Moses is living in a refugee camp. More than that, he has to bring some order, unity resources. No easy task in a nervous and vulnerable mass of people, who number probably between two and three million.
Water is the first concern, and their bone of contention with Moses (vv.1-3). They know that death is only a couple of dry days away, in this desert. Moses knows that he will die first, at their hands, if the situation continues (v.4) And so God commands him to strike a rock to bring forth water. His staff has been God’s means before, and so the use of it reminds the people that God hasn’t changed, nor will He change His appointed leader just because life is tough and the people are angry at him because of their hardships. So they have water to drink. They also have a permanent testimony to their grumbling unbelief (v.7). God is with them; are they with Him?
As basic as the need for water is in the wilderness, so is the fact of enemies. This is the first mention of enemies, in the guise of the Amalekites, and the first mention of Joshua, the young commander (vv.8-10). God’s people are victorious – “Joshua overcomes the Amalekite army with the sword” (v.13), but not through their own strength (vv.10-13). Moses’ arms are raised to God in prayer through the length of the battle, and through presumably agonising cramps, which meant that his arms are supported as he prays on for the Lord’s help. This is the perfect picture, then, of all true work and success in the Lord’s name, as prayer to God is matched with courageous fighting against God’s enemies. Both are vital, neither one on its own will win the battle. This is what we need to learn as the church of Jesus Christ. Apart from Him – His strength given through prayer, and His battles fought with courage – we can do nothing (John 15.5). He is the One we believe in and fight for, He is our Banner (v.15).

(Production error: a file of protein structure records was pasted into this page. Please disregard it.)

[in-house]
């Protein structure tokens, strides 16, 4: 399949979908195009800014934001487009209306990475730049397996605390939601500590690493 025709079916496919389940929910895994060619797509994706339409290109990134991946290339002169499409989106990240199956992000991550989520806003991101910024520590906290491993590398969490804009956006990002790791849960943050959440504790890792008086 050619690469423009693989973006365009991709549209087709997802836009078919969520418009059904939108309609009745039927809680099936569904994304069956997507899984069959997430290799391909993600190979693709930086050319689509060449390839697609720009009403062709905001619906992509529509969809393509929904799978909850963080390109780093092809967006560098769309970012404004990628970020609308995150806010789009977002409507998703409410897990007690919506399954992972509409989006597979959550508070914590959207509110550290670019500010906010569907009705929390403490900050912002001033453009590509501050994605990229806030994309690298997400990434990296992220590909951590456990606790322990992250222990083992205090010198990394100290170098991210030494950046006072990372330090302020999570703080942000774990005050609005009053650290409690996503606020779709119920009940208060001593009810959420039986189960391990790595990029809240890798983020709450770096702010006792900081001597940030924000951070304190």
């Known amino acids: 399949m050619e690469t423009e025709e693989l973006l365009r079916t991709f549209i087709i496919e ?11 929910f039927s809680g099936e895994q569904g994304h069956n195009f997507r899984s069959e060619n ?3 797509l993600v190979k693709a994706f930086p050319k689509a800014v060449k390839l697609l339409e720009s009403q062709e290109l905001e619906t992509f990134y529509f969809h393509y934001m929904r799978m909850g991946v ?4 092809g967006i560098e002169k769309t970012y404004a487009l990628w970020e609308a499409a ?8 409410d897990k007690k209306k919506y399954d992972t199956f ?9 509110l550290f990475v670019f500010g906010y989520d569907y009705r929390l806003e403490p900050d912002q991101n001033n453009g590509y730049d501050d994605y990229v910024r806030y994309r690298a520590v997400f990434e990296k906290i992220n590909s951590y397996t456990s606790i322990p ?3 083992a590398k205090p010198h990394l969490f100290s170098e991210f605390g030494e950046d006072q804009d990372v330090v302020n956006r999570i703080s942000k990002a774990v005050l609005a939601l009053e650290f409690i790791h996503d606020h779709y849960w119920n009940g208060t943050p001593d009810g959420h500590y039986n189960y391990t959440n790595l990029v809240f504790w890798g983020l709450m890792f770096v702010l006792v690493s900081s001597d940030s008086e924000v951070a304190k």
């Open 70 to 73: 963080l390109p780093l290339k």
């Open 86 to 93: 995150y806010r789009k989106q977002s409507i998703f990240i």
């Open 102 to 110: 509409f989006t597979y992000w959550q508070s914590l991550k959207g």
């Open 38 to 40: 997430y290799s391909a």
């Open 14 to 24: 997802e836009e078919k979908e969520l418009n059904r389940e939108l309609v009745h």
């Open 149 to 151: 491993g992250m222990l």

Leading the people of God, even in their victories, is stressful and exhausting, though. Sometimes even the leaders can’t see that, and it takes the eyes of family members to identify the strains, and to suggest remedies. Jethro, Moses’ father-in-law, arrives to see how things are (18.5-6). He is as excited as anyone about the work of God (vv.8-12). The next day, after they’ve celebrated over a meal, Jethro sees for himself the excessive burdens Moses carries each day, and we see that this elderly man is actually the Bible’s first management consultant (vv.17-23). And his wisdom works – Moses is won over, changes are made, sanity spared, the work is shared, and God is therefore honoured (vv.24-27). Simple.
These two chapters show us perfectly how God’s grace works. Grace doesn’t work apart from our prayers, efforts, our bravery, our wisdom, and our willingness to change. In fact, it work through all of these things. God loves His people so much that He works in and through them, as they play their part. The result is His Kingdom. Stay with this Book of Exodus, as we are about to see the drama of God giving His Law for this Kingdom of grace.